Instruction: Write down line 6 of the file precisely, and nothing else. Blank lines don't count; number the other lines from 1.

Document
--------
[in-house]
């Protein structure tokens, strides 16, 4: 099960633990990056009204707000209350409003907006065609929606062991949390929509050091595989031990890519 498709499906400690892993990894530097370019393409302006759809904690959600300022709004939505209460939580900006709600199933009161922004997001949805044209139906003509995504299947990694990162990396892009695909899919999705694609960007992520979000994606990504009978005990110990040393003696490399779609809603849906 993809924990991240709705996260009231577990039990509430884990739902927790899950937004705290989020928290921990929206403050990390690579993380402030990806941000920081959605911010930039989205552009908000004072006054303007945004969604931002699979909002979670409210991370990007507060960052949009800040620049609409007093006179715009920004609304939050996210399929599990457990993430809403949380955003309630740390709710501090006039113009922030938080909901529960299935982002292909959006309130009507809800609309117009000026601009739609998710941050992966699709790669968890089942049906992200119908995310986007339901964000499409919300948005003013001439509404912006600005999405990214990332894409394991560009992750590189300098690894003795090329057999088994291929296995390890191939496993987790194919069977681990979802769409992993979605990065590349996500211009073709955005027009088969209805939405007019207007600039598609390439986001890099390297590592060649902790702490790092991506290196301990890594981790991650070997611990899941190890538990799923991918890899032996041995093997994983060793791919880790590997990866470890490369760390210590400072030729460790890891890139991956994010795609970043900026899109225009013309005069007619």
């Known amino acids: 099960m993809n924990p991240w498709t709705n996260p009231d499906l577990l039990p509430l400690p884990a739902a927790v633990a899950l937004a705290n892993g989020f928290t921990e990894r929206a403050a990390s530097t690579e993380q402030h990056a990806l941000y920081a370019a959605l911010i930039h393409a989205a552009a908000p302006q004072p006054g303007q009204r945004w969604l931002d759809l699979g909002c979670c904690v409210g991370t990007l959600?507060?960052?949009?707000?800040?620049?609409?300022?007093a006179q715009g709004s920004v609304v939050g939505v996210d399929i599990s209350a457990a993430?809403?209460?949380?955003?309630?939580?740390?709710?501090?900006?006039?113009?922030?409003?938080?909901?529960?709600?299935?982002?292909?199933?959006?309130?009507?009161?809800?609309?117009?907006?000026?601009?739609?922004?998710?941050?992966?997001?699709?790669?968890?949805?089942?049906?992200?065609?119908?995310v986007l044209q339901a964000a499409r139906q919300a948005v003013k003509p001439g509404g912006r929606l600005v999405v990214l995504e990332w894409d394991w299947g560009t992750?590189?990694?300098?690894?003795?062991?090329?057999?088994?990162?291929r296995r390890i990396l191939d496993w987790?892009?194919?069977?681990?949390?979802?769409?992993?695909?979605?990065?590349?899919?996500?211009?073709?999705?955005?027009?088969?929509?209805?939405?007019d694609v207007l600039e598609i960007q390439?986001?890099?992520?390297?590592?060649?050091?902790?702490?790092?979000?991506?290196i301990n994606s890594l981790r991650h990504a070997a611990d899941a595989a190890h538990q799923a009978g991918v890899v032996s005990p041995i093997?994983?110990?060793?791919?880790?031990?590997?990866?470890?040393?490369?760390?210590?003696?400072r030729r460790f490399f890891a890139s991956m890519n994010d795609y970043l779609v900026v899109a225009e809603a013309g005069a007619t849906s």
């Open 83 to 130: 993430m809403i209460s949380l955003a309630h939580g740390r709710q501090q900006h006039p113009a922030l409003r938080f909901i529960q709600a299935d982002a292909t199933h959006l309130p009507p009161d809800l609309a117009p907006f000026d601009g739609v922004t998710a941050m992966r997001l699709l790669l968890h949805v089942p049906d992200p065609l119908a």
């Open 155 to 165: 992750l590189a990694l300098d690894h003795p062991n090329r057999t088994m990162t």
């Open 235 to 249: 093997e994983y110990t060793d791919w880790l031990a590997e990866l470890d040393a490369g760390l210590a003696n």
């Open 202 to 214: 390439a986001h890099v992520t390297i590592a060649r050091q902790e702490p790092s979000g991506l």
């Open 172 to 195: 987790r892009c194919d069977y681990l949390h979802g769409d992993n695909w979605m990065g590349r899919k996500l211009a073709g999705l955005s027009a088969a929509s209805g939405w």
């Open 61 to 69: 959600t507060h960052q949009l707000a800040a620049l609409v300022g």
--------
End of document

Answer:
């Open 235 to 249: 093997e994983y110990t060793d791919w880790l031990a590997e990866l470890d040393a490369g760390l210590a003696n």